Comcast and Apple have reportedly begun exploring a “TV deal,” which The Hill reports would:
“…[L]et users stream live and on-demand television stored on the Internet, essentially replacing a normal cable box.
“Service over the potential arrangement would be separated from regular Internet connections over the so-called ‘last mile’ of connection to a consumer, where heavy traffic can slow down web speeds. That would theoretically make the streaming video as smooth as it would be for people watching TV via a traditional cable set-top box.”
Because the deal would involve so-called “managed services,” it would likely fall within an exception to the FCC’s Net Neutrality rules – rules which Comcast must still follow as a result of its NBC-Universal merger, even though Net Neutrality was tossed out by a Federal Court in January.
(Gosh, overturning that terrible rule seems to have gotten the Internet humming with innovation again)
Still, the we-want-your-property-free crowd is screaming, especially so after the recent Netflix agreement with Comcast to help ensure the former’s bandwidth-hogging HD movies make it to end users better. The Freebies see an “evil” trend – that is, private property owners doing what they want with their private property, without the Freebies’ permission (how dare that happen!).
Decried one exasperated Freebie writer about Comcast’s recent moves:
“I feel like I’m shouting at the wind, but I re-iterate: The Internet is a utility. We’re shipping entertainment, products, and overlord drone software via the Web like we do over highways and railroads. Do we let state highway administrators tell trucking companies what they can and can’t ship? No, because that’s as stupid as hitting yourself in the head with a roofing hammer. Why then are we doing it on the Web? We shouldn’t, ’nuff said.”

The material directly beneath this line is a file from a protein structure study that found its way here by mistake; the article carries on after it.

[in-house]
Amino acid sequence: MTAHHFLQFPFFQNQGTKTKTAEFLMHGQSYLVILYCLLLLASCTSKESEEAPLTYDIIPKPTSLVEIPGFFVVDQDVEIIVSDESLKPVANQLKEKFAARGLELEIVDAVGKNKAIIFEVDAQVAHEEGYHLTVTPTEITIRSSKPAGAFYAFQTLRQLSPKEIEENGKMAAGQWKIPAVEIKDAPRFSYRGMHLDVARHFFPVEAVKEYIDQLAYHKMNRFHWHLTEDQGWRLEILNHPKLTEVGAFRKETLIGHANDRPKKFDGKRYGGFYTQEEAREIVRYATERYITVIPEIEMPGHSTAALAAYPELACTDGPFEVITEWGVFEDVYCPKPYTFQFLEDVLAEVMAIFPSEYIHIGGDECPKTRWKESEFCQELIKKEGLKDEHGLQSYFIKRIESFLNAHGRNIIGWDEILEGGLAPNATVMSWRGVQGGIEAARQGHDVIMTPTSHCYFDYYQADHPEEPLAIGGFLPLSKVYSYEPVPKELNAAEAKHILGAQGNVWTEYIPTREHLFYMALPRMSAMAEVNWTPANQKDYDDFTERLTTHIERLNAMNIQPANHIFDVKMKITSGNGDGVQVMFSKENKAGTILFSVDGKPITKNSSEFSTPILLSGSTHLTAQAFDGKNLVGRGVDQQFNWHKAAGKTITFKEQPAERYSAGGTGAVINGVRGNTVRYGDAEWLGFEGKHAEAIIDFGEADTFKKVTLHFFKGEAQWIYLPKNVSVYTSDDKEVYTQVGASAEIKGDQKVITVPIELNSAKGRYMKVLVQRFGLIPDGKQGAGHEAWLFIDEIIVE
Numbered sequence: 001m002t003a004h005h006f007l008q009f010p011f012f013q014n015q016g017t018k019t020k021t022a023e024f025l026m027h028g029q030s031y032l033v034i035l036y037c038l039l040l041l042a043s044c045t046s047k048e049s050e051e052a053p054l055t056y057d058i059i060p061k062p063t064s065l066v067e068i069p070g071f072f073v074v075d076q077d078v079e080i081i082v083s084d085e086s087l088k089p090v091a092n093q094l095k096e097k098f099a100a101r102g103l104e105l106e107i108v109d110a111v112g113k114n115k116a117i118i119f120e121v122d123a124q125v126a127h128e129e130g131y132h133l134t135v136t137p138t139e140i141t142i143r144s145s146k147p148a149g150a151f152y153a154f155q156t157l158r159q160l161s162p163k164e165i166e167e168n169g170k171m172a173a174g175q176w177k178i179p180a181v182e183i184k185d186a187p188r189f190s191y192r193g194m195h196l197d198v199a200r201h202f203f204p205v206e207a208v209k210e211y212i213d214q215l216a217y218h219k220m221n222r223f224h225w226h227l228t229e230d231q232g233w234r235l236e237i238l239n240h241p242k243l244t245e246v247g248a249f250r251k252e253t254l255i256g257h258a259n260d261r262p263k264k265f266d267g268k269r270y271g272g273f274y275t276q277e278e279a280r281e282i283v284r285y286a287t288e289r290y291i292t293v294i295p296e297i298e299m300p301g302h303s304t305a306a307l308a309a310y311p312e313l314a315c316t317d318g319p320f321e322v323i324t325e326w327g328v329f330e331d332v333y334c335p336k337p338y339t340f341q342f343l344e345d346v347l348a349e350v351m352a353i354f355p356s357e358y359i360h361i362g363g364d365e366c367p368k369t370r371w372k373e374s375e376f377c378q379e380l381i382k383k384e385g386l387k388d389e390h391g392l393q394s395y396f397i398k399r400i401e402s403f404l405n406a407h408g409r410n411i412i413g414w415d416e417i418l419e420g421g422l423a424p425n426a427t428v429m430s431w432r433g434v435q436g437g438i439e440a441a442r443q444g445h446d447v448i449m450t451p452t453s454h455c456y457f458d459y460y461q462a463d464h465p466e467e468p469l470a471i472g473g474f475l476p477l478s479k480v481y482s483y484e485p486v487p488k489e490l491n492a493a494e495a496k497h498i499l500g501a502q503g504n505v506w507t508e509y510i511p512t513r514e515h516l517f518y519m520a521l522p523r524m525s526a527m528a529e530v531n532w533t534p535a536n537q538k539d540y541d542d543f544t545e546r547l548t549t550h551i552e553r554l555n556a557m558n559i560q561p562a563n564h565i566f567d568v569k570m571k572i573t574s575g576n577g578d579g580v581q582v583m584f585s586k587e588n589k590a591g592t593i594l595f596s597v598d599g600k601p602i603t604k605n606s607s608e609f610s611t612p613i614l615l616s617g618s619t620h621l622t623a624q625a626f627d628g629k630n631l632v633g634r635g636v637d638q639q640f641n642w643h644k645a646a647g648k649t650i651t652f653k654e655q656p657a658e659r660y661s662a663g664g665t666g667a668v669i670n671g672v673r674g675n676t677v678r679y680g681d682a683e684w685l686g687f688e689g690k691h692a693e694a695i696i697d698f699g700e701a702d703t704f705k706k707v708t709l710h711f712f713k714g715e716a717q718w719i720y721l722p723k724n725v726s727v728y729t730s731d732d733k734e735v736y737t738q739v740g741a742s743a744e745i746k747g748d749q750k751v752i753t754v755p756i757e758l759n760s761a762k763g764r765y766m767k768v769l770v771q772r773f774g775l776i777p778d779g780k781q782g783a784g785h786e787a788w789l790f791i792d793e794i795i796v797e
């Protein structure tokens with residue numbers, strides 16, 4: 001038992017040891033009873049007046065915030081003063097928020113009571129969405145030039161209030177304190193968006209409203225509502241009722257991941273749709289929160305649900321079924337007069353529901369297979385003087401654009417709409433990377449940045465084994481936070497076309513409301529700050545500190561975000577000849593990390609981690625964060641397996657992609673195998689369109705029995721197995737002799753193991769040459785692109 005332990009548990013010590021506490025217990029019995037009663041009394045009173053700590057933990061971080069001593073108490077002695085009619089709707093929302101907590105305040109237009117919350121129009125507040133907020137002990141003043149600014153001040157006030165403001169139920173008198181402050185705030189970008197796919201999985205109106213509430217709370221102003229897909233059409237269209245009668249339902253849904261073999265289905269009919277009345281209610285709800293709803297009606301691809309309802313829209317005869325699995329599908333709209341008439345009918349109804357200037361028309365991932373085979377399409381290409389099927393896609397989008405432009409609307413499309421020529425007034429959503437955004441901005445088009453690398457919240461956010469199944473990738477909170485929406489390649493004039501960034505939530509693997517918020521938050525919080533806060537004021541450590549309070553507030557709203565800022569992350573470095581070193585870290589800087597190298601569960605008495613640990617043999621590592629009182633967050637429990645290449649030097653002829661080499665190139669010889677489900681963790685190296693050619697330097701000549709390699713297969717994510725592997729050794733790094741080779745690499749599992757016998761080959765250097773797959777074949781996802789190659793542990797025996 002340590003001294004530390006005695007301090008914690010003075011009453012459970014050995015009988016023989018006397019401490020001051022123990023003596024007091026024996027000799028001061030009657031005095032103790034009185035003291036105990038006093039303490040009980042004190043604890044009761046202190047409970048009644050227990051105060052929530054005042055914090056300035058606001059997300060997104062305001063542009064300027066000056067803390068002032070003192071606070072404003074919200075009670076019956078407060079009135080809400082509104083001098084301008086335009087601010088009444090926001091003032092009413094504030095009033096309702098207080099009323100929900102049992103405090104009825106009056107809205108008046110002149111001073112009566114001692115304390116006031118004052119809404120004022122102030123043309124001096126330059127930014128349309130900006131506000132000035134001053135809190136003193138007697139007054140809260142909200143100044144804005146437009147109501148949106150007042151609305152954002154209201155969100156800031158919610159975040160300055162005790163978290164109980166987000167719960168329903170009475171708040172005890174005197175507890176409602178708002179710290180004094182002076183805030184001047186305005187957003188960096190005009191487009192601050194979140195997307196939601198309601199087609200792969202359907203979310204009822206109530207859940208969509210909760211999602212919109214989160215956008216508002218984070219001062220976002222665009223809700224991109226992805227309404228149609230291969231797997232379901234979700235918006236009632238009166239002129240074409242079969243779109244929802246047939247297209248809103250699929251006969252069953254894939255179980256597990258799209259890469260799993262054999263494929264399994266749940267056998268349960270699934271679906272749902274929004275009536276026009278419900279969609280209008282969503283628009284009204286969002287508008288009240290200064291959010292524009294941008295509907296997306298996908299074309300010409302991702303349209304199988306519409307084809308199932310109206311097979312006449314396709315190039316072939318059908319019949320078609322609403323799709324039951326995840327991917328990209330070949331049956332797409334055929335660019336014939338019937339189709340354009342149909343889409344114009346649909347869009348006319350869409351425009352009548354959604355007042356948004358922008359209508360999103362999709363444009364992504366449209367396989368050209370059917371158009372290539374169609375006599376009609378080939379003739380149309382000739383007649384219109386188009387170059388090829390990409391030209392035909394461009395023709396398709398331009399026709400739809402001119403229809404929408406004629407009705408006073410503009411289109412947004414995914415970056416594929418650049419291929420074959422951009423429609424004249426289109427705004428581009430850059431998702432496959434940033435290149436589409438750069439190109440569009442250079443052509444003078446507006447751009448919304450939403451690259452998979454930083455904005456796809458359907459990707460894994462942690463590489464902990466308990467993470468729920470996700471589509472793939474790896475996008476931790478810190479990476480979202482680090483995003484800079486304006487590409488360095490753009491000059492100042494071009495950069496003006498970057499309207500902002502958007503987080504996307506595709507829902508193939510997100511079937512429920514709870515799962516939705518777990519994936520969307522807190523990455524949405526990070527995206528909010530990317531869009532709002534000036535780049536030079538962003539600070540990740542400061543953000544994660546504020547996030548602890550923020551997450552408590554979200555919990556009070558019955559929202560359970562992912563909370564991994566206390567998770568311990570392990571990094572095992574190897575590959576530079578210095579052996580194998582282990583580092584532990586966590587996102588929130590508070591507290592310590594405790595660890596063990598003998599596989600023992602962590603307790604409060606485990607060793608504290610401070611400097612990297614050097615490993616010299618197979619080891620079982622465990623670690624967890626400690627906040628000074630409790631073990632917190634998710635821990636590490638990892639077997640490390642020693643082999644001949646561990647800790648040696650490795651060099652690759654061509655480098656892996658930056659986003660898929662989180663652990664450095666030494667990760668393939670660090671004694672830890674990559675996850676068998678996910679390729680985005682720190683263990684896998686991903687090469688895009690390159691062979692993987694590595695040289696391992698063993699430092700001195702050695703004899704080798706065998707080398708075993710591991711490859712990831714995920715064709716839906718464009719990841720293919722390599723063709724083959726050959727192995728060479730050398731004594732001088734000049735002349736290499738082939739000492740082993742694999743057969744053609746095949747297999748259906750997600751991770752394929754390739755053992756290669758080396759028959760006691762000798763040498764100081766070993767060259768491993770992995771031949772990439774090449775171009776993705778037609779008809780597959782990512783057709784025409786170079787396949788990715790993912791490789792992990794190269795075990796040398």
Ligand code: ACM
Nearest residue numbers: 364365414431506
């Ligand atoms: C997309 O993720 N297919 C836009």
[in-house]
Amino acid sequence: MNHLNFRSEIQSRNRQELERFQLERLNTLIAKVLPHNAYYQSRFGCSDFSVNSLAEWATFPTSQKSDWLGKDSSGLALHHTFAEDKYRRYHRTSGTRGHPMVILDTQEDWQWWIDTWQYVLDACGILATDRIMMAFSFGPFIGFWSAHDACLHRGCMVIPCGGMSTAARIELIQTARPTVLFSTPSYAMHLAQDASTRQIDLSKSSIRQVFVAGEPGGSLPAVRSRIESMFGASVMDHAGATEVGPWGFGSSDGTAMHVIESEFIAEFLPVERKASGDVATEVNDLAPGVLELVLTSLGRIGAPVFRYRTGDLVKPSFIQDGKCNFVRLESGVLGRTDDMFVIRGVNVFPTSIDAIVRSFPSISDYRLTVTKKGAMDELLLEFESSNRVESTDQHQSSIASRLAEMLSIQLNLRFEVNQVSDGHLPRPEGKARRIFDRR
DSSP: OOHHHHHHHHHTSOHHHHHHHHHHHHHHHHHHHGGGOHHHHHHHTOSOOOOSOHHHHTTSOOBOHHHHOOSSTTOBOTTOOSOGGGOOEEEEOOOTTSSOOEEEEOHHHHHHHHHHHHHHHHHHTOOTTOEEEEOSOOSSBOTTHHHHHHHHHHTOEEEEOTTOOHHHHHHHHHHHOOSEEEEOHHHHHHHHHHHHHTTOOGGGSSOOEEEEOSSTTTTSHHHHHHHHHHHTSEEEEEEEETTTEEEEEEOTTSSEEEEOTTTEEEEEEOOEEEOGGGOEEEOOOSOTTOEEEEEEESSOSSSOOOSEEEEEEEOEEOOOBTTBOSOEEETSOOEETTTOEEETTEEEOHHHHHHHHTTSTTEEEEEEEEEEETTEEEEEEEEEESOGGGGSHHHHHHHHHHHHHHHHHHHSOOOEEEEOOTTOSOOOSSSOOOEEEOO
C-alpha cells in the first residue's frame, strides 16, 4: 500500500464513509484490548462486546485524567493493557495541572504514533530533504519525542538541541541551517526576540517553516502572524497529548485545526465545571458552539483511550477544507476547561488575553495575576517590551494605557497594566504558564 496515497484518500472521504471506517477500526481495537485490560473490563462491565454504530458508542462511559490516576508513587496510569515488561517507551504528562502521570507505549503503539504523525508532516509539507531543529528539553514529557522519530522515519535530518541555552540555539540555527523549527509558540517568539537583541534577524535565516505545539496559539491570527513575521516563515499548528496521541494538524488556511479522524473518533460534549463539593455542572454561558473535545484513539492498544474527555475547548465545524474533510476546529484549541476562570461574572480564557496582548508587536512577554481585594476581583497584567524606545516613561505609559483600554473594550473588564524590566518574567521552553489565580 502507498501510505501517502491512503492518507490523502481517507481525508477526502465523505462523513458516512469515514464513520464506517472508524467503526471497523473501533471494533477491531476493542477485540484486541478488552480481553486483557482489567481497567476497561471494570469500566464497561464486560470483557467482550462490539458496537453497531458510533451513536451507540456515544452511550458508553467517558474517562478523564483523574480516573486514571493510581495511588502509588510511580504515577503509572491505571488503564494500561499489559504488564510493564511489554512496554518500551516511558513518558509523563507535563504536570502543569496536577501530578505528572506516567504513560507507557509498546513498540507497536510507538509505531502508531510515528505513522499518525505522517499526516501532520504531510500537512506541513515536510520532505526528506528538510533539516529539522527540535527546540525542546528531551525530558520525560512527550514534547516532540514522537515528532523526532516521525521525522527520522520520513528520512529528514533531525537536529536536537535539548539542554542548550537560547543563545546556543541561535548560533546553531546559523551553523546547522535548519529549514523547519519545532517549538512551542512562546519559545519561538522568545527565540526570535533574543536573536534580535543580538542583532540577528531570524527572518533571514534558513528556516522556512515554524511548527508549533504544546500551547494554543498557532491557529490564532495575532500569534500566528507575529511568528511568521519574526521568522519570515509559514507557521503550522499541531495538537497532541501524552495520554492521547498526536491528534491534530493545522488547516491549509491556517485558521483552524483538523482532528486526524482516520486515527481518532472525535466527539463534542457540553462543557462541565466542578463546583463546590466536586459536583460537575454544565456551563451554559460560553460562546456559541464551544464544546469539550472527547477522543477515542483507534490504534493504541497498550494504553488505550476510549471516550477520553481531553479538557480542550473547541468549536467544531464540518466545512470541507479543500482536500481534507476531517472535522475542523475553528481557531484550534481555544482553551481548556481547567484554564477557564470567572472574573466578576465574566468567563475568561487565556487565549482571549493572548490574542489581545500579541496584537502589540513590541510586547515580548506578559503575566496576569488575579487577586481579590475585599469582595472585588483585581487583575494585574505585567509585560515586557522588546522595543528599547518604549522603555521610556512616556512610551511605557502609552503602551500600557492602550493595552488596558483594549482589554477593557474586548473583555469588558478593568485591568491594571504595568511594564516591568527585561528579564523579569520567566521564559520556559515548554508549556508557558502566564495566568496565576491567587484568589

A utility, eh? Well, last time I checked, public administrators heavily regulated the roadways. And, boy, are they bristling with innovation. As the picture at right attests: 25 miles per hour in Old Town (speed throttling, which has been the same for at least 25 years); HOV lanes (subsidies for favored vehicles but none others); closed roadways (to host state-sponsored events); and electronic parking meters (new pricing mechanisms to wrest more fees from users). All this is about as innovative as it gets on the George Washington Parkway – a road not much different from others here in the U.S.
Imagine that type of public utility control and innovation for the Internet?
Then again, don’t.
Comcast is a private communications company. It should be able to do what it wants with its property. To this end, I hope we get bushels and bushels of Apple-like deals in the future. Only in this manner will our networks grow and develop.
A public utility model for the Internet would leave the medium as “innovative” as our streets.